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From the shelves of Springfield Central Library…

Daniel Bouwmeester    March 10, 2023    3 min read   

Top shelf

Springfield Central Library was the most popular Ipswich City Council library in 2022, according to recently released statistics.

It welcomed a total of 208,989 visitors, a 17 per cent jump year-on-year.

It also topped the region’s libraries for total book loans and new memberships.

That means in all three categories it beat out major sister libraries – at Ipswich Central, Redbank Plains, Redbank Plaza, and Rosewood.

And nearly all visitors reported satisfaction with the library, according to results from the 2021-2022 Ipswich Libraries Survey Report.

From a pool of around 1,500 respondents in that survey, 98.4 per cent said they were satisfied.

The belief that library services are important had also risen – up 15 per cent from 2020.

Read more about the annual results here.

The $2.8 million two-level building opened in August, 2018.

It is located on the corner of Main Street and Sirius Drive, Orion Springfield Central.

Early literacy and diversity

Families can now borrow special early literacy kits from Springfield Central Library that teach about disability and diversity.

These new “Story in a Box” kits each contain books in the “Stories for Little Queenslanders” series, as well as puppets, props, and other kindergarten level materials.

They include braille and Auslan resources to support the youngest members of the Low Vision and Deaf Communities.

It is part of the Queensland Government’s First 5 Forever initiative, for which the State Library of Queensland is partnering with Ipswich City Council to deliver the kits locally.

The aim is to build a strong early literacy foundation for all Queensland children aged up to five years old.

Community, Culture, Arts and Sport Committee Chairperson Councillor Andrew Fechner said the project is an “innovative approach” to early literacy.

“These kits have books that will include braille translation, Auslan flashcards and books, and a range of other materials that will support group learning.”

The “valuable and inclusive” learning resources are perfect for families who find traditional literacy more of a challenge, and playgroups that lack the funds, Mr Fechner explained.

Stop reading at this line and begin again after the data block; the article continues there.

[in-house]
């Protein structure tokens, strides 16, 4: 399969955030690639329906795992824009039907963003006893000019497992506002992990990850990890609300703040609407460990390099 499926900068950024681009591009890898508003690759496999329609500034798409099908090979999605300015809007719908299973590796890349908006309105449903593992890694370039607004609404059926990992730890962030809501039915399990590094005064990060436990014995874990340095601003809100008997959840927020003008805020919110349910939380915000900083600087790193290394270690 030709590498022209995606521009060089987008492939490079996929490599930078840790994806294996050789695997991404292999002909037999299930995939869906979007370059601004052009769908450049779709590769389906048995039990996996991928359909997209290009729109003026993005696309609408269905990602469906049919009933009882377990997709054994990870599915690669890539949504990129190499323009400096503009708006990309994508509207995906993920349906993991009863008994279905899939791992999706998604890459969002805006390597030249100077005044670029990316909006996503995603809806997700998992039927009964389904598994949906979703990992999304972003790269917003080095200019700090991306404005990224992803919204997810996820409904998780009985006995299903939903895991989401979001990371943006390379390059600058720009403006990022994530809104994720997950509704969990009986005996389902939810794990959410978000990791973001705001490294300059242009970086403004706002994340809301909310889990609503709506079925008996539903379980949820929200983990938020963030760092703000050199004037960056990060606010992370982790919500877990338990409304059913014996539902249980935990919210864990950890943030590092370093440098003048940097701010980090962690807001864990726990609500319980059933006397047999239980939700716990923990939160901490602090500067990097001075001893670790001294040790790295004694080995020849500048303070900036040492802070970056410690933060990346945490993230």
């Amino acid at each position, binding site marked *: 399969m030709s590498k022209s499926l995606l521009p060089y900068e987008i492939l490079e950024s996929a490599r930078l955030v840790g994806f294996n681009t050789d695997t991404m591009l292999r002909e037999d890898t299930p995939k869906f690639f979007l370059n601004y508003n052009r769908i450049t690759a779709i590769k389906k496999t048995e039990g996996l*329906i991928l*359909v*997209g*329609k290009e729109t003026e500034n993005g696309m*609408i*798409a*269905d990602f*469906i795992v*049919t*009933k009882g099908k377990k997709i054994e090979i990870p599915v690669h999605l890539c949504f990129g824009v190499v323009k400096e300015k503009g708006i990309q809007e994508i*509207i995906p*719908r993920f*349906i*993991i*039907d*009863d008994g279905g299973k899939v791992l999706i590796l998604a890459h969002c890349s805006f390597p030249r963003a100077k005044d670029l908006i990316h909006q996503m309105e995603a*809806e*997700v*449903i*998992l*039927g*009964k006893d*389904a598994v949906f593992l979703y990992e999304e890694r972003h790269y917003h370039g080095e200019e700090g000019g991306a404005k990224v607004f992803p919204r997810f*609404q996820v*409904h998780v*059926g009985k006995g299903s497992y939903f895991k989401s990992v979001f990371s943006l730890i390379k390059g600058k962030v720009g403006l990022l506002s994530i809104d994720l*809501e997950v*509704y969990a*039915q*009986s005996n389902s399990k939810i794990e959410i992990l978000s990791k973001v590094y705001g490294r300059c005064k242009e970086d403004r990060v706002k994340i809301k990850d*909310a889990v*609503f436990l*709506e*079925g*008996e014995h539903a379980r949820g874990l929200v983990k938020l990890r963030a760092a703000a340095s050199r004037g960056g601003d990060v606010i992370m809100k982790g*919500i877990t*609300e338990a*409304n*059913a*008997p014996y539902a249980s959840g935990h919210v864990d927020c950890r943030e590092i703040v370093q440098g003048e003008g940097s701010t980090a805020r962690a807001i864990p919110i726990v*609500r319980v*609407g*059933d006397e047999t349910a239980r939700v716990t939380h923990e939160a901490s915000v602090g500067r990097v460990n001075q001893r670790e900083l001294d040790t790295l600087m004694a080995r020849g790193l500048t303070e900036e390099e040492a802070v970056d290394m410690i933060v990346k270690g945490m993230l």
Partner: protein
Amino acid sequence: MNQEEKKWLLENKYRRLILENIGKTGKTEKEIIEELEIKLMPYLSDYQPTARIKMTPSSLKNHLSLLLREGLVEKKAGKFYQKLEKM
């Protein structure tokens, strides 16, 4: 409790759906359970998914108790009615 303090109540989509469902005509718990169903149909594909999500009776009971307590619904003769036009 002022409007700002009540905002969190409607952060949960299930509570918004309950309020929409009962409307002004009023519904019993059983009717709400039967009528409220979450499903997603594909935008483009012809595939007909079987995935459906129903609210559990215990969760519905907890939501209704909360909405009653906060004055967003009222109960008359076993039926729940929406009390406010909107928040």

The kits also incorporate First Nations and Indigenous Australian themes.

Local Indigenous Knowledge Centres (or IKCs) are also recipients of the materials.

Disability workshops – March 21

Springfield Central Library is inviting residents who live with a disability, and their carers, to participate in one of two consultation workshops, later this month.

It is part of Ipswich City Council’s new “Inclusion and Connectedness Plan,” and is designed to reduce and remove barriers people with disability experience in the community.

The workshops allow you to “have your say in shaping an inclusive Ipswich”, according to the council’s website.

They take place at the library, in either the morning (9am) or afternoon (1pm), on Tuesday, March 21.

Tickets must be booked online through Eventbrite. Details and registration links are provided below:

Inclusion and Connectedness Plan Workshops – 21 March

Location: Springfield Central Library, corner of Main Street and Sirius Drive, Springfield Central.

21 March, 2023 – 9am to 12pm – workshop for people who assist or care for a person living with disability. Register here.

21 March, 2023 – 1pm to 4pm – workshop for people living with a disability. Register here.

All images: Ipswich City Council.

See also: Hearing the importance of sign language education

Hearing the importance of sign language education

Daniel Bouwmeester

Daniel was born in a mining town in New South Wales to Dutch and Welsh immigrants, before relocating to Logan City, where he attended Canterbury College for twelve years. He pursued his passion for music by completing a first-class honours degree at the University of Queensland (UQ), and later signed with a local record label. He has travelled the world from a young age, including a student exchange in rural France, a job working the ski lifts in Colorado, and visits to the islands of the South Pacific. After a six-year career in market research, Daniel returned to UQ to complete a Bachelor of Journalism and Arts dual degree, majoring in political science. His varied experiences at home and abroad have contributed to a passion for spreading good news while defending the truth buried inside complex societal paradigms.